The first time I heard the word 'turgid' was in a printmaking class nearly forty years ago and I had no idea what it meant. I needed to know because my lecturer was using it to refer to a print I was working on, and I could tell he wasn't being complementary. It means 'swollen or distended and congested'. I am still not sure it was really the word he was reaching for when he wanted me to know just how bloody awful my artwork was. Nonetheless, it is a word that has become quite useful since, to describe a number of situations. And the weekend we've just had is one of them.
I live in South East Queensland, and the weekend for me was one of anxiously checking the creek level in the front of our property, putting buckets under the leaks that we inevitably sprung in our roof, and surveying the creeping black mould that is now thriving over our fireplace. The rain was relentless. Over about 4 days, we received more than a metre and a half of water. I got stuck on Facebook for a while comparing photos with friends and neighbours of our respective building bodies of water in our front yards, in our side alleys and across our roads. "Turgid" could have described the way we were all feeling, trying to be optimistic and philosophical with the anxiety building so we were distended and swollen with worry. "Turgid'' definitely described the creek out the front as it carried huge volumes of water further down stream (see below).
Of course for some people "turgid" barely begins to describe their feelings. Some have lost everything - their houses, possessions, pets and in some cases their lives. In these circumstances, I always worry about wildlife that is equally affected by flooding. No doubt lives lost included those of our wild neighbours as well. And even though in SE Queensland, the rain has stopped for now, the same system that drowned our corner of the world is now turning the rivers, creeks and waterways of NSW into turgid rivers of death.
You've gotta love the media, who seemed stuck on comparing this event to that of 2011, also a turgid time for our area for similar reasons. I heard countless times that 'levels were not as high as 2011'; 'it wasn't going to be as bad as '2011'. I guess reporters thought it was a good yard stick for people to use, but it was largely irrelevant, especially if you weren't here in 2011, and I am pretty sure it caused a composure in people that they have since lived to regret. Okay, the Brisbane River is not as high as it was in 2011. But there are countless examples around my place where it was much much worse. Records that have stood for more than 30 years have fallen with roads being cut, damns overflowing, and absolute chaos that I don't remember in 2011. And certainly, for anyone who has suffered loss, it is most assuredly worse than 2011. My point is, this was a different event. And in a world of new and improved extremes and catastrophes, we'd best remember that when the next one comes along. Which, we are coming to learn, it will.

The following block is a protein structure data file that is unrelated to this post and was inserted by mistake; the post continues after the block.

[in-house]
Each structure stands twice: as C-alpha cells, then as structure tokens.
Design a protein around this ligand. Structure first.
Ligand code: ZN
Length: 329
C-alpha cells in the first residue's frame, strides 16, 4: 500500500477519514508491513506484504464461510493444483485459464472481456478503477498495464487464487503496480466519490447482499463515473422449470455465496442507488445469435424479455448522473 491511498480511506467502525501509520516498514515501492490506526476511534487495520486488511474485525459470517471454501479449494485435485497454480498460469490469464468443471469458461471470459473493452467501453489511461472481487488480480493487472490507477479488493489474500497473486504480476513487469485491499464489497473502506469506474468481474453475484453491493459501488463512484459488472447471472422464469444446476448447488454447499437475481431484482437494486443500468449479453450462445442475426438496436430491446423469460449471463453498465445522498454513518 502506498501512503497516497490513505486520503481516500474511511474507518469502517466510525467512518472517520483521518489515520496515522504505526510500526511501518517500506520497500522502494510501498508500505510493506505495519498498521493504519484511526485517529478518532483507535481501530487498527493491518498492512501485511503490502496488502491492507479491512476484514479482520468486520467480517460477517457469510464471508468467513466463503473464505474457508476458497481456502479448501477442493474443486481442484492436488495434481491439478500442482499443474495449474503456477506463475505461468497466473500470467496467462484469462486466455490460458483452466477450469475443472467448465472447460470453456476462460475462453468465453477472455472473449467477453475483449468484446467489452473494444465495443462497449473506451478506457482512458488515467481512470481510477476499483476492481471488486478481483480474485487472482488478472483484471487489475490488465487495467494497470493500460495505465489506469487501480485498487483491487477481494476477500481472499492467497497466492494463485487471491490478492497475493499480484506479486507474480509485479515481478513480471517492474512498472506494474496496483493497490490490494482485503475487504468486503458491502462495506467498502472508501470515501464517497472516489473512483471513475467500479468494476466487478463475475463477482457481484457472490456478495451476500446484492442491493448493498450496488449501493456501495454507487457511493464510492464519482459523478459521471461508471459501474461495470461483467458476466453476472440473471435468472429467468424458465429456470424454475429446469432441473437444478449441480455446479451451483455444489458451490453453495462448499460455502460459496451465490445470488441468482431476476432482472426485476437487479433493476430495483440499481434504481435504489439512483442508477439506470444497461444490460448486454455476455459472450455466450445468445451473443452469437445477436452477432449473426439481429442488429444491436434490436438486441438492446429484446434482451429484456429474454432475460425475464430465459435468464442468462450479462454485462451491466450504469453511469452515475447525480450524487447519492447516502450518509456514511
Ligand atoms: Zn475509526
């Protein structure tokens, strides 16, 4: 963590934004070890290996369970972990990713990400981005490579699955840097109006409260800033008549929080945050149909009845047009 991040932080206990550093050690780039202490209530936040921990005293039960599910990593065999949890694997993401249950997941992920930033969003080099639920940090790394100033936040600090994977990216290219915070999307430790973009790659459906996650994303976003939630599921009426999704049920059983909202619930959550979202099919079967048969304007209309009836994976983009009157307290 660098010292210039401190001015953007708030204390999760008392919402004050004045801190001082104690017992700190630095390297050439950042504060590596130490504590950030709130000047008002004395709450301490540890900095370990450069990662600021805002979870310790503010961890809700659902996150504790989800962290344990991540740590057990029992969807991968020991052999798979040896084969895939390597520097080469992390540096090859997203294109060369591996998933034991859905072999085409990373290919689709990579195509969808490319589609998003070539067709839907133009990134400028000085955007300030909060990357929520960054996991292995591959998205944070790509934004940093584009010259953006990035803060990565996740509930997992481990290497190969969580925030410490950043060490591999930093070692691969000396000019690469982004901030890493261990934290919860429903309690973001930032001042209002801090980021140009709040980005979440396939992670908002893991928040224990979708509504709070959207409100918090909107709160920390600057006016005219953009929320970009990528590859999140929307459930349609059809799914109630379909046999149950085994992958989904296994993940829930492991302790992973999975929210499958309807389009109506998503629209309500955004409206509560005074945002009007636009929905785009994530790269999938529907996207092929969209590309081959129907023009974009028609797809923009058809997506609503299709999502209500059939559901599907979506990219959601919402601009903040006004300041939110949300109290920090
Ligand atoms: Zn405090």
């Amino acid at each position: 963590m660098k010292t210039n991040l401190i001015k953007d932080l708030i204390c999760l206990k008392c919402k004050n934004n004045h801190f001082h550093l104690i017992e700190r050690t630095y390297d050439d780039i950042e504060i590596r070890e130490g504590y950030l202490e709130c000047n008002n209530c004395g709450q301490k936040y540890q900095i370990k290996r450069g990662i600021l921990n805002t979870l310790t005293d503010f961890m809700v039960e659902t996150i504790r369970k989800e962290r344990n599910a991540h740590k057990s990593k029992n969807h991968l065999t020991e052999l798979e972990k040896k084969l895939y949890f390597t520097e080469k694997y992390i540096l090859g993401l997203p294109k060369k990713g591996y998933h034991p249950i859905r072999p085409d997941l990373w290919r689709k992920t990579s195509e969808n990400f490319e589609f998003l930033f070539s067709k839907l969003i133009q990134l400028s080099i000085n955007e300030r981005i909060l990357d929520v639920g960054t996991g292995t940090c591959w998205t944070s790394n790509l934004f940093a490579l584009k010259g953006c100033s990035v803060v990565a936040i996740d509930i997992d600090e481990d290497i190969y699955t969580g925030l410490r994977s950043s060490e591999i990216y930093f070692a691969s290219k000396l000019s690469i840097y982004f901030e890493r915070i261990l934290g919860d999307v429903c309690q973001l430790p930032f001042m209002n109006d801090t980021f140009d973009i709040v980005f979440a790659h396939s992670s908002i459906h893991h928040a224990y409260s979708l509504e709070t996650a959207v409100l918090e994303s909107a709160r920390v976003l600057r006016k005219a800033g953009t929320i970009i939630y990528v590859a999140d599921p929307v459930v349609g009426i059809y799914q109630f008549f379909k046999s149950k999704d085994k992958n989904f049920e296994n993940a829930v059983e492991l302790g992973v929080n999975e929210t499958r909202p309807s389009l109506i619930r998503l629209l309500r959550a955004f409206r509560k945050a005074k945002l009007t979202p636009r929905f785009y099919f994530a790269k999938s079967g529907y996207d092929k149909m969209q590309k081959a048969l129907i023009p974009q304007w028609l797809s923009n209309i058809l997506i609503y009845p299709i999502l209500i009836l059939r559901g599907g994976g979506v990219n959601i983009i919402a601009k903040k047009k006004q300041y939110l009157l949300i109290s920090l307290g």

As a case in point, while some of us in the Great South Land were stressing about the weather, many were also stressing about events happening on the other side of the world to us. It would seem that the hatred, crazy and general nastiness has built up in Vladimir Putin, making him a turgid mess, hellbent on destroying the Ukraine, Russia and the world if he deems it necessary. Clearly not content with the fallout from a global pandemic and other miscellaneous disasters, he has, as you know decided to let loose on the people of Ukraine. He has done this without any real provocation, purely as a show of strength and without regard for the millions of lives he will destroy in the process. I am not really sure what happens when we finally depart this mortal coil, but you've got to hope there is a special place in hell reserved for the likes of this turgidly ugly little man.
So, like many of you, I am guessing, the last few days has made me feel somewhat anxious and unnerved. Turgid is definitely the word to describe my insides right now. For myself, I am trying to use art and meditation to calm the raging and congested river of negative feelings, reaching out to those who are worse off than me, and trying to practice the 'random acts of kindness' mantra I have made for myself this year. I think that it is okay to administer some of those on yourself, as well. So, I wish you all well, especially those who are doing it tough right now. May you know calm, peace and love during our 'turgid' times.